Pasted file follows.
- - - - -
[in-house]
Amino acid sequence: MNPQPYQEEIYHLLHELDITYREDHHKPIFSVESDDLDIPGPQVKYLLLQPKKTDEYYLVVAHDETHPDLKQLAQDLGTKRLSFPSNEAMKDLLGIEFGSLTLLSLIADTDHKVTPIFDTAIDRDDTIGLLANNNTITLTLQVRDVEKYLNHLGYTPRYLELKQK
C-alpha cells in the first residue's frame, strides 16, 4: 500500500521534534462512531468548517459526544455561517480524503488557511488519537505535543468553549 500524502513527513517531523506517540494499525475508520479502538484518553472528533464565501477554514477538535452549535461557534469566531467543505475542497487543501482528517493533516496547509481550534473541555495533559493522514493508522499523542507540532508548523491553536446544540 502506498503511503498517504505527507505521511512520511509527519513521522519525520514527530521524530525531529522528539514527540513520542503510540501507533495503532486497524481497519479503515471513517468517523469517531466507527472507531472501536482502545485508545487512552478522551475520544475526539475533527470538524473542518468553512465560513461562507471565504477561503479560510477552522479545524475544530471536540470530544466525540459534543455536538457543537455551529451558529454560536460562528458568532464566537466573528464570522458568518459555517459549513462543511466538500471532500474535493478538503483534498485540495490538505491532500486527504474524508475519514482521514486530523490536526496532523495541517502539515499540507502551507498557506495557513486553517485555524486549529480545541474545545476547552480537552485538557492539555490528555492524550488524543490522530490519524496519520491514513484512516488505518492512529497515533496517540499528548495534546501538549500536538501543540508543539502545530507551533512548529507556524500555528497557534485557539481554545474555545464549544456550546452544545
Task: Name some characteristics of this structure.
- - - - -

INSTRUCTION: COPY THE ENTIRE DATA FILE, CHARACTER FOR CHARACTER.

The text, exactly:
[in-house]
Amino acid sequence: MNPQPYQEEIYHLLHELDITYREDHHKPIFSVESDDLDIPGPQVKYLLLQPKKTDEYYLVVAHDETHPDLKQLAQDLGTKRLSFPSNEAMKDLLGIEFGSLTLLSLIADTDHKVTPIFDTAIDRDDTIGLLANNNTITLTLQVRDVEKYLNHLGYTPRYLELKQK
C-alpha cells in the first residue's frame, strides 16, 4: 500500500521534534462512531468548517459526544455561517480524503488557511488519537505535543468553549 500524502513527513517531523506517540494499525475508520479502538484518553472528533464565501477554514477538535452549535461557534469566531467543505475542497487543501482528517493533516496547509481550534473541555495533559493522514493508522499523542507540532508548523491553536446544540 502506498503511503498517504505527507505521511512520511509527519513521522519525520514527530521524530525531529522528539514527540513520542503510540501507533495503532486497524481497519479503515471513517468517523469517531466507527472507531472501536482502545485508545487512552478522551475520544475526539475533527470538524473542518468553512465560513461562507471565504477561503479560510477552522479545524475544530471536540470530544466525540459534543455536538457543537455551529451558529454560536460562528458568532464566537466573528464570522458568518459555517459549513462543511466538500471532500474535493478538503483534498485540495490538505491532500486527504474524508475519514482521514486530523490536526496532523495541517502539515499540507502551507498557506495557513486553517485555524486549529480545541474545545476547552480537552485538557492539555490528555492524550488524543490522530490519524496519520491514513484512516488505518492512529497515533496517540499528548495534546501538549500536538501543540508543539502545530507551533512548529507556524500555528497557534485557539481554545474555545464549544456550546452544545
Task: Name some characteristics of this structure.